The Green Case for Scottish Independence

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For many outside of Scotland, including neighbouring countries such as Ireland, England and Norway, the motivations behind Scottish independence would seem to run counter to Green values.

Green politics rejects nationalism outright and stresses cooperation between nations, but in the case of Britain, Greens argue that the nation is fundamentally broken and power too concentrated amongst a London elite. With its renewable energy potential Scotland is, they argue, a model for what a green state might look like. Unlike other secession movements in Europe, many in Scotland see independence not as a way of preserving cultural identity or preserving prosperity but as a means of starting again from scratch.

This desire has been helped by the increasing perception that the Labour, Liberal Democrat and Conservative parties who support staying in the United Kingdom are all both broadly similar and run by an elite of men produced by top universities in England. This means that they have trouble speaking to voters in Wales and Scotland who do not feel represented, or that London’s political leaders understand their problems. This was even the basis on which the Scottish Green Party left the UK Green Party in the 1990s, feeling that it was better for Scotland to self-organise.

Although they share a group with Greens in Brussels, the Scottish National Party are a long way from being a green party in any sense of the word. Their economic plans are based heavily on the expansion of North Sea oil drilling, and their social policies are no more progressive than those offered by the majority of European centrist parties. What unites the Greens, the SNP and many other people in Scotland is a single aim. The idea that Scotland would be better governed by a parliament in Edinburgh than as a minority representation in the deeply conservative Westminster system.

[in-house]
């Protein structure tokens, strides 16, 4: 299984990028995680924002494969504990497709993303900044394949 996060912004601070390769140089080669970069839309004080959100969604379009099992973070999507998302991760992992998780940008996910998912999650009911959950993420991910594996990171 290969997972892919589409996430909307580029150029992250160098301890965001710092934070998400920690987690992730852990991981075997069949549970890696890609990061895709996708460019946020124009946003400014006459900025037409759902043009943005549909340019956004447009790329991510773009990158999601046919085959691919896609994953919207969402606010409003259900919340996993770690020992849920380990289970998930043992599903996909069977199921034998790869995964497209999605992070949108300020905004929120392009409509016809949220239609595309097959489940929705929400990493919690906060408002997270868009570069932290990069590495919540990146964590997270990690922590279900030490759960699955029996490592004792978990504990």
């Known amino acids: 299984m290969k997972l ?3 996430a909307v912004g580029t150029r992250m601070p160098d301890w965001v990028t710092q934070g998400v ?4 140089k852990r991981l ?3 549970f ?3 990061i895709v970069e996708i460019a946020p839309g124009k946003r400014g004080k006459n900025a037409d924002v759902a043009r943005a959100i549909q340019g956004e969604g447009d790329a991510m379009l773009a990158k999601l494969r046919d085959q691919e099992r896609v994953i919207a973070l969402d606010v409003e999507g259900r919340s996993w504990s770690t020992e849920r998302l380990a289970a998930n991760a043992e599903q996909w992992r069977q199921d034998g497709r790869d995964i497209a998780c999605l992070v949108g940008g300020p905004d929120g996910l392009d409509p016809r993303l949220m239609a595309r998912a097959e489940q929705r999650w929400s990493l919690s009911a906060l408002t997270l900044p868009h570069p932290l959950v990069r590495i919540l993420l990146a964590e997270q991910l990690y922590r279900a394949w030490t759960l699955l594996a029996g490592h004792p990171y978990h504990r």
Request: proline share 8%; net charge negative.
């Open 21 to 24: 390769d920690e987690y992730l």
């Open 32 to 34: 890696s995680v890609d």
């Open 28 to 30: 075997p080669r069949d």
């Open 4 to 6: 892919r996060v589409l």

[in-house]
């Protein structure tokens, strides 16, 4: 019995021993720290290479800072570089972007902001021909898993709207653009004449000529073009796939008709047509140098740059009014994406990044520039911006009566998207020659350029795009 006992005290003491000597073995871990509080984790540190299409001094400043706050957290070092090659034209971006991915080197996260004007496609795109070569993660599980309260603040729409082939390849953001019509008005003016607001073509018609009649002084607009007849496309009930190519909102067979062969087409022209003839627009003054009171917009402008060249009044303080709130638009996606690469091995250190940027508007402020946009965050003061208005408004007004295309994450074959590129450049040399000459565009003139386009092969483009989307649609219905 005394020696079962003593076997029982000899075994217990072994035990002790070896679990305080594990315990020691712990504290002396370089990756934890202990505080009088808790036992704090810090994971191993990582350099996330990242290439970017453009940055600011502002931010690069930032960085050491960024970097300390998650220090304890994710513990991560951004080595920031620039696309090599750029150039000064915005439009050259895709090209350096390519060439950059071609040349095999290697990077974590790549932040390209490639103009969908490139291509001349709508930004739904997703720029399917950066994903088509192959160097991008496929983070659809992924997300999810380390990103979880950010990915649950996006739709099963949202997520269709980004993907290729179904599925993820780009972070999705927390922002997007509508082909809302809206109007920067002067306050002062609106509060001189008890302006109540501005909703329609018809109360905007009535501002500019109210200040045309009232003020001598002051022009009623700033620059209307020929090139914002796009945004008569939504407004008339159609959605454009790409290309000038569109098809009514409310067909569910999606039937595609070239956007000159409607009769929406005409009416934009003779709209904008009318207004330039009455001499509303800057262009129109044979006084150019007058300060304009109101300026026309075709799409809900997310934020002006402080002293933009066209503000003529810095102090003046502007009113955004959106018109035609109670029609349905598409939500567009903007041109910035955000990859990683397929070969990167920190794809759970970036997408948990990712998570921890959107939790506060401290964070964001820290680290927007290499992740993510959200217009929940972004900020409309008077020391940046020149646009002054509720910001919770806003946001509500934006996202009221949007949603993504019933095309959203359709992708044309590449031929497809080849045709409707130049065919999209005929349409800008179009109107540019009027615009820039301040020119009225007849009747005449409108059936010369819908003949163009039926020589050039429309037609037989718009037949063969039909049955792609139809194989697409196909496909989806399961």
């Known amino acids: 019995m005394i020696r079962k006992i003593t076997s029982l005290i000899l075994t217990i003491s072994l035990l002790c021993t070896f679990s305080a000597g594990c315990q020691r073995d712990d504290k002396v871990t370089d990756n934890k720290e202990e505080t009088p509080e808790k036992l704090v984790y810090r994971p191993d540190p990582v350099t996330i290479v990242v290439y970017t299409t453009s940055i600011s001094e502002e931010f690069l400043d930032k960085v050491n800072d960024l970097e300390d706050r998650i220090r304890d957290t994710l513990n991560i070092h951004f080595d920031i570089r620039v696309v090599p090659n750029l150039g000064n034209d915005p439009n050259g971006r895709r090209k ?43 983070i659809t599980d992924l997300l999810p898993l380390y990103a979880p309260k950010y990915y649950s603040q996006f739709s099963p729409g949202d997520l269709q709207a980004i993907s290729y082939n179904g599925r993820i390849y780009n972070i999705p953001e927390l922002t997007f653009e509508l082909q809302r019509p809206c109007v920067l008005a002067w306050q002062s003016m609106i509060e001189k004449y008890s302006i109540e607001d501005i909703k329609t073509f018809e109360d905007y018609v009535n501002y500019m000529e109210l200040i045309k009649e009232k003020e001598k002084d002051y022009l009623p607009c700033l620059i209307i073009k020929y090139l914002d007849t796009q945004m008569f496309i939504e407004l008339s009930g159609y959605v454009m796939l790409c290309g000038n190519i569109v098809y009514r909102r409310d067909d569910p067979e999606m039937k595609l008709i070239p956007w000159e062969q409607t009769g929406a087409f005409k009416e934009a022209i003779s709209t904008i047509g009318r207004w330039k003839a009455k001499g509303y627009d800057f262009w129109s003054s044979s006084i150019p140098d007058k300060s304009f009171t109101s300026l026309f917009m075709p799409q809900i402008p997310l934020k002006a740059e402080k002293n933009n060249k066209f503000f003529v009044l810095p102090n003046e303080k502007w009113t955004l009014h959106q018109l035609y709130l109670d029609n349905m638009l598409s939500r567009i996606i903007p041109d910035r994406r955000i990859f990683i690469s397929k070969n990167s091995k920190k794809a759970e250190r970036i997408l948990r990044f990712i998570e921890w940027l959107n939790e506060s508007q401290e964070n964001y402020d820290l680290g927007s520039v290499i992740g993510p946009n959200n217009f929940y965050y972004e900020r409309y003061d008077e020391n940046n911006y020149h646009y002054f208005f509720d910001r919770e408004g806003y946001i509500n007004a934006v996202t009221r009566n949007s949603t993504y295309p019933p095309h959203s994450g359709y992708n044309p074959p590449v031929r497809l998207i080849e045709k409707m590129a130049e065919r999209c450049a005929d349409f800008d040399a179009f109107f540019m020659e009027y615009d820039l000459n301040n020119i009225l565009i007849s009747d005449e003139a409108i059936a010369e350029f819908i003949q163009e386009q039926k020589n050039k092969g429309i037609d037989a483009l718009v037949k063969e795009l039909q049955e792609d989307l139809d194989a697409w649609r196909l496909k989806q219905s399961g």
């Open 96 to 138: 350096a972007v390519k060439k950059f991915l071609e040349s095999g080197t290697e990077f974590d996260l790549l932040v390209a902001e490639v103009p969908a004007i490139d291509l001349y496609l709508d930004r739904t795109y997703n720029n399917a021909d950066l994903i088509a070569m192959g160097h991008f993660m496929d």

It is a cruel irony for Greens in Scotland that one policy, independence, which had never guided the actions of the party beyond an agreement on basic democratic principles, should grant it more media time than ever before. A knock on effect of this has been that key Green messages on social justice and democratic reform have found support amongst the general public, with an uneasy alliance with the SNP on the question of oil until after the vote.

Many of the big scare stories produced by the UK government about banking and oil revenue are of little concern to Greens, as green policy involves both winding down the oil industry and decentralizing the banking system towards a more sustainable economy. Whilst the SNP have sought to ally fears about the Scottish economy, the Greens have been honest in their view that independence is only the first step towards transforming Scotland completely.

One thing neither the Greens nor the SNP can do is claim sole responsibility for what is happening in Scotland. The launch of the Yes campaign for independence two years ago was an awkward affair featuring folk-rock and second-rate celebrities, but in 24 months Scotland has come alive with a new kind of activism unseen in Britain since the postwar period of mass labour politics. 97 per cent of those eligible to vote have registered to do so, and everywhere from schools to big banks and fishing communities people are talking about politics. Without meaning to, the SNP have created a democratic revolution on their own doorstep, and whatever happens on referendum day Scotland will never be the same again.

The next Scottish elections in 2016 look like they will be profitable for the Greens. Increased profile and distrust of the very negative campaign run by the Labour party means that many people are considering voting Green for the first time. Independent or otherwise, co-convener Patrick Harvie and whoever is elected alongside him could end up playing a role in the next Scottish government.

Even more promisingly for political diversity, there are discussions going on amongst socialists about creating a new type of party that would stand for parliament and give more diversity to a progressive bloc in which the Greens often find themselves the only members. The result of the referendum is too close to call, but Scottish politics has been changed forever.

Dominic Hinde
Dominic Hinde is a former Green candidate. He is now a freelance journalist reporting on the referendum.

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